Familial Adenomatous Polyposis: APC Gene Deletion/Duplication

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Condition Description

APC-associated polyposis conditions result from a mutation in the APC gene and cause a predisposition for colon cancer. Disorders in this category include:

  • Familial Adenomatous Polyposis (FAP)
  • Attenuated FAP (AFAP)
  • Gardner Syndrome
  • Turcot Syndrome

FAP is an autosomal dominant disorder characterized by the development of hundreds to thousands of adenomatous colonic polyps, usually beginning during early adolescence. 95% of affected individuals develop polyps by age 35; without surgical intervention, these polyps will inevitably progress to colorectal cancer by the early forties. Extracolonic manifestations such as dental anomalies, polyps of the gastric fundus and duodenum, congenital hypertrophy of the retinal pigment epithelium (CHRPE), osteomas, desmoid tumors, soft tissue tumors, and other associated cancers may occur.

Attenuated FAP differs in that the overall polyp burden tends to be less (average of 30) and polyps are also more proximally located. Colorectal cancer generally occurs at a later age.

Gardner Syndrome is associated with colon polyps typical of FAP, in conjunction with osteomas, desmoid tumors, and other neoplasms.

Turcot Syndrome consists of colon polyps and central nervous system tumors.

The diagnosis of APC-associated polyposis conditions relies primarily on clinical findings. Molecular genetic testing of APC detects disease-causing mutations in up to 90% of individuals with typical FAP. Molecular genetic testing is most often used to confirm the diagnosis of FAP or attenuated FAP in individuals with equivocal findings (e.g., <100 adenomatous polyps) and to provide early diagnosis of at-risk family members. Phenotype variations may correlate with the specific location of the APC gene mutation. APC-associated polyposis conditions are inherited in an autosomal dominant manner. Approximately 75%-80% of individuals with APC-associated polyposis conditions have an affected parent. The APC gene (5q21-q22) has 15 exons. The specific function of the APC gene is the object much research and tumor suppressor activity is suspected.

Sequencing of the APC gene is recommended after a clinical diagnosis consistent with FAP or an APC-associated polyposis condition, and provides a complementary method to confirm the presence of mutations in a proband, identify at-risk individuals among the proband's relatives, and provide prenatal diagnosis in families with known mutations. For patients in whom mutations are not identified by full gene sequencing, deletion/duplication analysis is appropriate.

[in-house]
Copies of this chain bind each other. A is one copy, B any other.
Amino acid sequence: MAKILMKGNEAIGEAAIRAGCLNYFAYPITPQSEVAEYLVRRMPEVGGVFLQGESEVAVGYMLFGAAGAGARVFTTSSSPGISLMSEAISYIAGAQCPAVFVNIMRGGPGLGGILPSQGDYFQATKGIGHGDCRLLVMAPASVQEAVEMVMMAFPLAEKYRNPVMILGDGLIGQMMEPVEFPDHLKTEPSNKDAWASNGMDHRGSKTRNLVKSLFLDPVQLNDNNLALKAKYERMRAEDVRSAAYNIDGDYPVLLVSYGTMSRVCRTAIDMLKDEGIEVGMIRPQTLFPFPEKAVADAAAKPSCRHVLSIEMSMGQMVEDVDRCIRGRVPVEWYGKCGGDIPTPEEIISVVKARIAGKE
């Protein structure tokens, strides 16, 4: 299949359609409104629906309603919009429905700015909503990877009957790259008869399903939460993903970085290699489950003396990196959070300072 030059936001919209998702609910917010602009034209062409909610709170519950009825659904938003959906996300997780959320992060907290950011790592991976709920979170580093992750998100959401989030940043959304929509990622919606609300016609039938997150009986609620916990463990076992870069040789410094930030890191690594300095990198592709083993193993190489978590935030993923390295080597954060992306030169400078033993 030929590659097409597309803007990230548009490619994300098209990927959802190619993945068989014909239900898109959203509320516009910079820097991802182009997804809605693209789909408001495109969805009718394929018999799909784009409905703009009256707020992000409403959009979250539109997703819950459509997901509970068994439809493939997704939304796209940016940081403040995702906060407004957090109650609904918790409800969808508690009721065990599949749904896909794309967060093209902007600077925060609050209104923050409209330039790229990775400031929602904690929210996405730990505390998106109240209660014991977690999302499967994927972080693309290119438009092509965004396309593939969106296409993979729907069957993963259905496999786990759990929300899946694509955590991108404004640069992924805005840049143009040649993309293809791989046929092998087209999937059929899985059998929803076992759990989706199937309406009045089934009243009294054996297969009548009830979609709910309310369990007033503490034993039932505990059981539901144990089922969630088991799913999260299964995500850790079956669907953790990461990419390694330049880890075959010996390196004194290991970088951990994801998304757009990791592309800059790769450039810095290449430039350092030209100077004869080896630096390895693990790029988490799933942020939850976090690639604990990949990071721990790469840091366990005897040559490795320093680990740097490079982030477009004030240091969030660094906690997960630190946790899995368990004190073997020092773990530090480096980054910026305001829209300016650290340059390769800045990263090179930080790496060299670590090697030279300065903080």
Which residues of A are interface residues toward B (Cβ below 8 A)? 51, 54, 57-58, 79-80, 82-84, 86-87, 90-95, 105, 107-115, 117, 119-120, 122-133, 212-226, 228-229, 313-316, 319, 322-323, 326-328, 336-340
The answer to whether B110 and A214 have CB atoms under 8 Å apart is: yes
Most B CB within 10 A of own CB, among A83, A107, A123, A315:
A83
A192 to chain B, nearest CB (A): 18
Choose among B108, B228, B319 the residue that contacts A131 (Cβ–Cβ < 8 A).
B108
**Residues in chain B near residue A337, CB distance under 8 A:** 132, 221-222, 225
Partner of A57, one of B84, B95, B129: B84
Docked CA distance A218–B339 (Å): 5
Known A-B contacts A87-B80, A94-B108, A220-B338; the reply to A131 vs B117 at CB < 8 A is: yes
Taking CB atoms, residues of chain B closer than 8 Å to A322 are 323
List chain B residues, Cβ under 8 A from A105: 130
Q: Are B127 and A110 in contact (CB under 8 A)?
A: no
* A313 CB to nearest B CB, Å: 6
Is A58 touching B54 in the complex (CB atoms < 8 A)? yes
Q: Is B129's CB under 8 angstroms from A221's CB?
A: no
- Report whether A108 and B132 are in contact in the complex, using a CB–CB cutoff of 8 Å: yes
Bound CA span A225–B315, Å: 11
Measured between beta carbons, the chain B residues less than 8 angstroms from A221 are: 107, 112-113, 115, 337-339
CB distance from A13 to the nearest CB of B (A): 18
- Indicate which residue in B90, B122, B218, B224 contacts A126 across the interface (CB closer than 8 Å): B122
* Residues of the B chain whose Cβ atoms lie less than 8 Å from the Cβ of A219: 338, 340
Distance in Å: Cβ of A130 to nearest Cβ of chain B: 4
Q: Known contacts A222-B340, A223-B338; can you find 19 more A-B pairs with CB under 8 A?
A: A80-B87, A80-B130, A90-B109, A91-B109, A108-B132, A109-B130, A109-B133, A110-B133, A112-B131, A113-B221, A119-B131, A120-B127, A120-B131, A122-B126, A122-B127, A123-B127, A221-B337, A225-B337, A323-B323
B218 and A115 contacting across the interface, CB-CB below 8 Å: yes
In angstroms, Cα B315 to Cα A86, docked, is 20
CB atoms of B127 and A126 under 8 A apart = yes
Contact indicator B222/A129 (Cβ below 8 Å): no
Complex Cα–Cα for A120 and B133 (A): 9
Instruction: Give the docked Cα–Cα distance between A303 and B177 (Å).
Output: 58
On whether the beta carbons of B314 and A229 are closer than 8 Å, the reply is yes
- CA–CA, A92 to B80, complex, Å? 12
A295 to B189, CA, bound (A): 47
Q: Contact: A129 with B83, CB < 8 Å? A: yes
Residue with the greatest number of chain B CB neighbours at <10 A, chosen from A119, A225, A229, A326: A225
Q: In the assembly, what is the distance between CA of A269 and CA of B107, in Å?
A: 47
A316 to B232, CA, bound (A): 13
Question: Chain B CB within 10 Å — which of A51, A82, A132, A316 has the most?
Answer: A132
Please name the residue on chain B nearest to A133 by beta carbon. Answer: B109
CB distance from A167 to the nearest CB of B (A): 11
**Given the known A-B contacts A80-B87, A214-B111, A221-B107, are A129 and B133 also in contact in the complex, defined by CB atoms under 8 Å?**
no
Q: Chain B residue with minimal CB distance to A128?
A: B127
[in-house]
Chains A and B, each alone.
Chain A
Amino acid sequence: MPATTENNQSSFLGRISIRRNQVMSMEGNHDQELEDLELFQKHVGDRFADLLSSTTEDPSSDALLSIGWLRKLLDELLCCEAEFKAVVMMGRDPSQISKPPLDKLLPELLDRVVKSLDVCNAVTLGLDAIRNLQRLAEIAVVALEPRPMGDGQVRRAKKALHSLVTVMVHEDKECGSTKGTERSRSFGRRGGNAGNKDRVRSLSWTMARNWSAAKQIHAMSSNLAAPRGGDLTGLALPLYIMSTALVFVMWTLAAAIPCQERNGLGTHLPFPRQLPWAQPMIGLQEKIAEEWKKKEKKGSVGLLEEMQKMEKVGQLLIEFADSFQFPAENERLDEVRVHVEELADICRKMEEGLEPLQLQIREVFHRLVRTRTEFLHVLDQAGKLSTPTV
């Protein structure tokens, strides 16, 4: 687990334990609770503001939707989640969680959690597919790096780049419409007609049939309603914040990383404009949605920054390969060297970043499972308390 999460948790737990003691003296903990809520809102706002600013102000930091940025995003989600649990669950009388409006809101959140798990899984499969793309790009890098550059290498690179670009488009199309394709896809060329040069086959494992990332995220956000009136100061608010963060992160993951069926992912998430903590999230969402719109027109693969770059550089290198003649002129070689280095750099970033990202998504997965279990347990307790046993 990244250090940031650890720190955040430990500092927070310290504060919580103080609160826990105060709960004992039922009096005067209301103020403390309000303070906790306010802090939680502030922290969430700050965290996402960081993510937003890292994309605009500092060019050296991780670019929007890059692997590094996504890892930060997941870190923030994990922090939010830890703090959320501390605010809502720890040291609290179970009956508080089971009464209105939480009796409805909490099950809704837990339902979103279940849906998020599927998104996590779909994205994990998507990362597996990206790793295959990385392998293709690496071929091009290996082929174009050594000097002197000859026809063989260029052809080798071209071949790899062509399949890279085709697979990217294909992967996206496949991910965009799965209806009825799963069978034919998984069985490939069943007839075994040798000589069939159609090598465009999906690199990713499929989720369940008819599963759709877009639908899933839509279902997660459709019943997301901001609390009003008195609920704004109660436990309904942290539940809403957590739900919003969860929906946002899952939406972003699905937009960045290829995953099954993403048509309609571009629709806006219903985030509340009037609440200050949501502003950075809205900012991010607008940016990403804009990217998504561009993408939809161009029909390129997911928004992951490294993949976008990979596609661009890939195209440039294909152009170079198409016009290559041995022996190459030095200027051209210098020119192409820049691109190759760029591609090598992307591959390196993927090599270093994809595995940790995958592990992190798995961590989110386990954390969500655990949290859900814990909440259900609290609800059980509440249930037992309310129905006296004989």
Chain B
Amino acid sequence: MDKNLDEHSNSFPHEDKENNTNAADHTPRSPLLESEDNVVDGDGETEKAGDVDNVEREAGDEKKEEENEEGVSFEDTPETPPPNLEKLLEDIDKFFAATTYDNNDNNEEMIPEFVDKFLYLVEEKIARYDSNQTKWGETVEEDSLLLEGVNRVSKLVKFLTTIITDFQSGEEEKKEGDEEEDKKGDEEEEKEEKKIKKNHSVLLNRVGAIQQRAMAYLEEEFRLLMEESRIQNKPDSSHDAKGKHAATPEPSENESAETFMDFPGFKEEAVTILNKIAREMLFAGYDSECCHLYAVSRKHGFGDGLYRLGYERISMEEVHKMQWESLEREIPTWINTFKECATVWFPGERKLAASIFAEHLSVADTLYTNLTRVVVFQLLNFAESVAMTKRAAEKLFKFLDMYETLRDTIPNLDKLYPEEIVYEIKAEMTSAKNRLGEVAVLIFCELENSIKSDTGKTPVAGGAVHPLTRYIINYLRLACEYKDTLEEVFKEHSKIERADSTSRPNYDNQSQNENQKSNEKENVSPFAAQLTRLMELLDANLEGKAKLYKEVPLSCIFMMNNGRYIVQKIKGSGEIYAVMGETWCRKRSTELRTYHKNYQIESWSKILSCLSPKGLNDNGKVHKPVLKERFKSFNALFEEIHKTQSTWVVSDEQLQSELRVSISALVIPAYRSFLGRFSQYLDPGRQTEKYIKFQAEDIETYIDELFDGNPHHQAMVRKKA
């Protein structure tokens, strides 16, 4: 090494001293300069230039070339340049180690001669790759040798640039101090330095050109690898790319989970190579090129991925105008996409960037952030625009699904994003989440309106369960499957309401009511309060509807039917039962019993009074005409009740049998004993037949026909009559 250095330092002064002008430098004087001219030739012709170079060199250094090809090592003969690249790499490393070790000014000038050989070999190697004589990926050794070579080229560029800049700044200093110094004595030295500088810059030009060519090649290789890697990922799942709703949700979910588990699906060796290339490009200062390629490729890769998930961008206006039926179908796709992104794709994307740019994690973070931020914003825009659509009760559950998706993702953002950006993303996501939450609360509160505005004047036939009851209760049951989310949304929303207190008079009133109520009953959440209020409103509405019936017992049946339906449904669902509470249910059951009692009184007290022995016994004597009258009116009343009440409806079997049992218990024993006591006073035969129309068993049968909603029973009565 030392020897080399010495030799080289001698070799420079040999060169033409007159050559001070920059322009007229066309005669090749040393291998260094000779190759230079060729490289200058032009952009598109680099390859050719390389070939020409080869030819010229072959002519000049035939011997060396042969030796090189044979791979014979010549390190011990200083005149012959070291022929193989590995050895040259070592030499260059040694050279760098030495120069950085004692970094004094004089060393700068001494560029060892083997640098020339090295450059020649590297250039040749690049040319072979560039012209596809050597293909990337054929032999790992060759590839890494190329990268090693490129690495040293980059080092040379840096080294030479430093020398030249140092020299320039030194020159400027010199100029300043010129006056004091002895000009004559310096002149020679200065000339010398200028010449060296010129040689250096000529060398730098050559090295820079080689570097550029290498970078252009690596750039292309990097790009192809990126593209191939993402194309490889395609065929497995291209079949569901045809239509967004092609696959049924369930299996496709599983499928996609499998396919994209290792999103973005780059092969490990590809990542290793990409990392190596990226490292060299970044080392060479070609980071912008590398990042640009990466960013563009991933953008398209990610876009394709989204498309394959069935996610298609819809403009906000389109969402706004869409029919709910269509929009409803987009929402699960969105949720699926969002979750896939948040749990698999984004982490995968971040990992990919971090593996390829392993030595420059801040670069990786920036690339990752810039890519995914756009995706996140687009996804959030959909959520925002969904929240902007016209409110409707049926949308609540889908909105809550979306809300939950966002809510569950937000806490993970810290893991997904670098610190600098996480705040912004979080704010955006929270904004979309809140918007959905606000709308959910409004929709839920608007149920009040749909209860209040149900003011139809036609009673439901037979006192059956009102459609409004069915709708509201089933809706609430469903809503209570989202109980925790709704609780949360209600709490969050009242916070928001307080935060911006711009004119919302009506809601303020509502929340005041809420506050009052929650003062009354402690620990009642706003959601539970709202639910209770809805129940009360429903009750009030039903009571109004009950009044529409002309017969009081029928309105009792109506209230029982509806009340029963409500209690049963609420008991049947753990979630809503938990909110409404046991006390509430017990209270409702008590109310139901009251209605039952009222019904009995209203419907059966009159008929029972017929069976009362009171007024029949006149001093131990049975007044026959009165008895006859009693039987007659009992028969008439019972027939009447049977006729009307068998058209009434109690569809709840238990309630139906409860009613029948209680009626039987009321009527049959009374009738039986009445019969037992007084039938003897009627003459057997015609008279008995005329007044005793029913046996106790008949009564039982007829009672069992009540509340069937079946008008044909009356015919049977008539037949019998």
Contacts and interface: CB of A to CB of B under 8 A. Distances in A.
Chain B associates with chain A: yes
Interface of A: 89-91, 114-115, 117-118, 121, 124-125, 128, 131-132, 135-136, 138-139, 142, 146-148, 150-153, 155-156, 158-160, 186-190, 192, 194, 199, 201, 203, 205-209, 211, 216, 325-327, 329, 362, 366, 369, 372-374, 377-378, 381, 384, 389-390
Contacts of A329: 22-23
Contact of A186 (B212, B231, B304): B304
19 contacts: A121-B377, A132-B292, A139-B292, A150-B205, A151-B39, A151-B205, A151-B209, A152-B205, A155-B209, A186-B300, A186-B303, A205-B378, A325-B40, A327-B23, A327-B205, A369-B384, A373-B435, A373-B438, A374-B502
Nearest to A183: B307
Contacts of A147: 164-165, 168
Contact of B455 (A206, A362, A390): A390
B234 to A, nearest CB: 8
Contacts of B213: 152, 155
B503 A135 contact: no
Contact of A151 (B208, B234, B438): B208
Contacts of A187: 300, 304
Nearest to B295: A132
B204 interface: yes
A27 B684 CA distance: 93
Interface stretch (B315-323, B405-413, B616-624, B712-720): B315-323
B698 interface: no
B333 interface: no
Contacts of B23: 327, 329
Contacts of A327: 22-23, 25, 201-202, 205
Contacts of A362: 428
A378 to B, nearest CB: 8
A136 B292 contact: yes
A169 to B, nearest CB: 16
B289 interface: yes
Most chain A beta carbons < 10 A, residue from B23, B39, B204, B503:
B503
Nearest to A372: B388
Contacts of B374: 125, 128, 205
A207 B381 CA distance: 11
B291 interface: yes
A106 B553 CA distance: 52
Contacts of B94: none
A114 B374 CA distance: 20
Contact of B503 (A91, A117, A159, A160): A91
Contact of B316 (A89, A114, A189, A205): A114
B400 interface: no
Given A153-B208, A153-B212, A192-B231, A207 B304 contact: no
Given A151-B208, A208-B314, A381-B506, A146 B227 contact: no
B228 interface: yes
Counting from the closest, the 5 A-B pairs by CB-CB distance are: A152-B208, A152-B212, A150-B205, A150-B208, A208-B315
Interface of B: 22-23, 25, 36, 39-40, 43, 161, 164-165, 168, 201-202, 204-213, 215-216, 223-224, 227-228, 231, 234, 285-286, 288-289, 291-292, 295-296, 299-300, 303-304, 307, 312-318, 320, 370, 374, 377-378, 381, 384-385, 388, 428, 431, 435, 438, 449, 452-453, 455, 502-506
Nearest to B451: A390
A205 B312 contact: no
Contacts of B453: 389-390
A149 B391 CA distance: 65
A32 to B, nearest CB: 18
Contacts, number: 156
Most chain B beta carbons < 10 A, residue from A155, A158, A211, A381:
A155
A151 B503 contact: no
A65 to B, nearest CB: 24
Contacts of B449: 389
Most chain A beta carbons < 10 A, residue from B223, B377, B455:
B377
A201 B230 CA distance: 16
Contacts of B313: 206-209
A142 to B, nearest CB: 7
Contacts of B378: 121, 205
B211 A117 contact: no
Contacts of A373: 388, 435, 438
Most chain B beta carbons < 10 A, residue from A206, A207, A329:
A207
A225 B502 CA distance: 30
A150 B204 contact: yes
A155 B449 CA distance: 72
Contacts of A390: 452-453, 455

Please click here for the GeneTests summary on this condition.

Genes (1)

Indications

This test is indicated for:

  • Confirmation of a clinical diagnosis of FAP or an APC-associated polyposis syndrome in an individual in whom sequence analysis was negative.
  • Individuals at-risk for FAP or an APC-associated polyposis syndrome due to family history in whom sequence analysis was negative.

Methodology

DNA isolated from peripheral blood is hybridized to a CGH array to detect deletions and duplications. The targeted CGH array has overlapping probes which cover the entire genomic region.



Please note that a "backbone" of probes across the entire genome are included on the array for analytical and quality control purposes. Rarely, off-target copy number variants causative of disease may be identified that may or may not be related to the patient's phenotype. Only known pathogenic off-target copy number variants will be reported. Off-target copy number variants of unknown clinical significance will not be reported.

Detection

Approximately 8%-12% of individuals with an APC-associated polyposis condition and 100 or more polyps have a partial or whole APC gene deletion. Detection is limited to duplications and deletions. The CGH array will not detect point or intronic mutations.

Results of molecular analysis should be interpreted in the context of the patient's clinical presentation and/or tumor pathology.

Specimen Requirements

Submit only 1 of the following specimen types

Preferred specimen type: Whole Blood

Type: Whole Blood

Specimen Requirements:

In EDTA (purple top) or ACD (yellow top) tube:
Infants (<2 years): 2-3 ml
Children (>2 years): 3-5 ml
Older Children & Adults: 5-10 ml

Specimen Collection and Shipping: Refrigerate until time of shipment. Ship sample within 5 days of collection at room temperature with overnight delivery.

Type: Saliva

Specimen Requirements:

OrageneTM Saliva Collection kit (available through EGL) used according to manufacturer instructions.

Specimen Collection and Shipping: Store sample at room temperature. Ship sample within 5 days of collection at room temperature with overnight delivery.

Special Instructions

Please submit copies of pedigree or other family history information along with the sample. Contact the laboratory if further information is needed. Sequence analysis is required before deletion/duplication analysis by targeted CGH array. If sequencing is performed outside of Emory Genetics Laboratory, please submit a copy of the sequencing report with the test requisition form.

  • Familial Adenomatous Polyposis: APC Gene Sequencing (TV) is required before deletion/duplication.
  • MYH-Associated Polyposis: Common Mutation Panel (TW), MYH-Associated Polyposis: MYH Gene Sequencing (QV), and MYH-Associated Polyposis: MYH Gene Deletion/Duplication (QW) are available for MYH-associated polyposis, and may be indicated for individuals with a clinical diagnosis of FAP or AFAP who do not have a detectable APC mutation.
  • Prenatal testing is available to couples who are confirmed carriers of mutations. Please contact the laboratory genetic counselor to discuss appropriate testing prior to collecting a prenatal specimen.

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